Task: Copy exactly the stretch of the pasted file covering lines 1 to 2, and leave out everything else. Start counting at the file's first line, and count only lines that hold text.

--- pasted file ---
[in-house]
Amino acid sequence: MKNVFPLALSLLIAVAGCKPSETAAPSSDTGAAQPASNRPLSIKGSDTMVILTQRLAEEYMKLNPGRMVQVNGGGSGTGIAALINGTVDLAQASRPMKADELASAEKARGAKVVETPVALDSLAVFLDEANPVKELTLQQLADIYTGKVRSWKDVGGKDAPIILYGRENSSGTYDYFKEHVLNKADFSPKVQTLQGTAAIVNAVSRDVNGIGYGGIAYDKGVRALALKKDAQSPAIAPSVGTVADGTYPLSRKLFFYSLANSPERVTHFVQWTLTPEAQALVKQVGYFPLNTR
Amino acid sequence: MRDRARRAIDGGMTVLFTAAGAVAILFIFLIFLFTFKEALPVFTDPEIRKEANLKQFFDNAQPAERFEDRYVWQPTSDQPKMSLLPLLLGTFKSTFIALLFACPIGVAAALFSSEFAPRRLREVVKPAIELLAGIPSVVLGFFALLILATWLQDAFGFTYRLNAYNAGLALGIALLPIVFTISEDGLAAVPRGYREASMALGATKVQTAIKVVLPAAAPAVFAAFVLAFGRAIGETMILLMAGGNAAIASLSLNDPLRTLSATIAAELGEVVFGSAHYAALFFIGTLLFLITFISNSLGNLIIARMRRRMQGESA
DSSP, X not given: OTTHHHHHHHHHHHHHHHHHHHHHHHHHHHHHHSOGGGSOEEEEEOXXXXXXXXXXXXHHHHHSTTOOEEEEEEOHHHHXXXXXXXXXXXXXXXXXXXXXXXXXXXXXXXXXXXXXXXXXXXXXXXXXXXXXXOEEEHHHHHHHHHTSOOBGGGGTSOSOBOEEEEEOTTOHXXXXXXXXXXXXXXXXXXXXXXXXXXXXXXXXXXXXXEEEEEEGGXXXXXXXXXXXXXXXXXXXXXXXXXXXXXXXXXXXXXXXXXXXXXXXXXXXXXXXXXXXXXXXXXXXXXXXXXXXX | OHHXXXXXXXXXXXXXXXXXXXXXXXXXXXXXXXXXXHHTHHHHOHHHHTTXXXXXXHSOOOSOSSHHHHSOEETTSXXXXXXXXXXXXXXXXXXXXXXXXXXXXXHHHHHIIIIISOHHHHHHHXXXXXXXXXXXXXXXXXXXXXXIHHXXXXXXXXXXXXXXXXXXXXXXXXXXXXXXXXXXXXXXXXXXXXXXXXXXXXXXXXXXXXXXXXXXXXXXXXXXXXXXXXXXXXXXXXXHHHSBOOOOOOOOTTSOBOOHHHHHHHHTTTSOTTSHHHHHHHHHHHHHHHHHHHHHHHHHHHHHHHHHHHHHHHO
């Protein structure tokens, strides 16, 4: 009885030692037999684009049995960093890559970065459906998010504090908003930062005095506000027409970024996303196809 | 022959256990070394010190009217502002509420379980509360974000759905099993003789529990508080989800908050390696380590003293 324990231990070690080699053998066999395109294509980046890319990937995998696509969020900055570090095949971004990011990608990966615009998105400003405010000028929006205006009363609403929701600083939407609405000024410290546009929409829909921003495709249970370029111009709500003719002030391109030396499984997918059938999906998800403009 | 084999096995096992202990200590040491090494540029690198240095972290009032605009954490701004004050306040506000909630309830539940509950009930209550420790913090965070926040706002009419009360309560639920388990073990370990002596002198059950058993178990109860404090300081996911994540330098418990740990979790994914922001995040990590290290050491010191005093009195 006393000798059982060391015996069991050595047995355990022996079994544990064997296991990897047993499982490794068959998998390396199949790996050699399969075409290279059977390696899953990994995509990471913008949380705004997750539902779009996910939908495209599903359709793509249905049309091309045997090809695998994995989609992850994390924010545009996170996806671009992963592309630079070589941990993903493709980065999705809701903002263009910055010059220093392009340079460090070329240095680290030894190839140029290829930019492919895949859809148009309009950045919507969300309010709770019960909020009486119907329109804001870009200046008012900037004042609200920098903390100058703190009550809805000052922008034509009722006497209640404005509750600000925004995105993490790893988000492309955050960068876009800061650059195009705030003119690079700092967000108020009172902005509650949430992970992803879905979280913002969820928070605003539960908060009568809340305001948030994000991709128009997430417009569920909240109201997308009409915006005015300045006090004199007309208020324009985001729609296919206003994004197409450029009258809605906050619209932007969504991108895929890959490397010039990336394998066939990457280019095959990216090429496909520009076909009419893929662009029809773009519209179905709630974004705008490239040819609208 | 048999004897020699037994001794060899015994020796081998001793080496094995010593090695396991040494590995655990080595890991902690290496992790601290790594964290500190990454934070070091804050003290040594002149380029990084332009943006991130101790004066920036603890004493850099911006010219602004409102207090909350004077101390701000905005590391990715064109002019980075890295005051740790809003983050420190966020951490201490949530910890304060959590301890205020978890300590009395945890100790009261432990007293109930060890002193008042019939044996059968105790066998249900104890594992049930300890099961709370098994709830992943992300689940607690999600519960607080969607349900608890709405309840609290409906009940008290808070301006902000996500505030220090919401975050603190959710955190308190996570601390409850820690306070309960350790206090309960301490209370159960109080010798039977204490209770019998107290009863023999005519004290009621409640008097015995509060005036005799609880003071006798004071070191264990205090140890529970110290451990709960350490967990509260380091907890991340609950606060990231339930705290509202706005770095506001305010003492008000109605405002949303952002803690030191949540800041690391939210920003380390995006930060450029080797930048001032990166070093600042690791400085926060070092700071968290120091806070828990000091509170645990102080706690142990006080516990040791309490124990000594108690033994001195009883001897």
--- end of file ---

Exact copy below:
[in-house]
Amino acid sequence: MKNVFPLALSLLIAVAGCKPSETAAPSSDTGAAQPASNRPLSIKGSDTMVILTQRLAEEYMKLNPGRMVQVNGGGSGTGIAALINGTVDLAQASRPMKADELASAEKARGAKVVETPVALDSLAVFLDEANPVKELTLQQLADIYTGKVRSWKDVGGKDAPIILYGRENSSGTYDYFKEHVLNKADFSPKVQTLQGTAAIVNAVSRDVNGIGYGGIAYDKGVRALALKKDAQSPAIAPSVGTVADGTYPLSRKLFFYSLANSPERVTHFVQWTLTPEAQALVKQVGYFPLNTR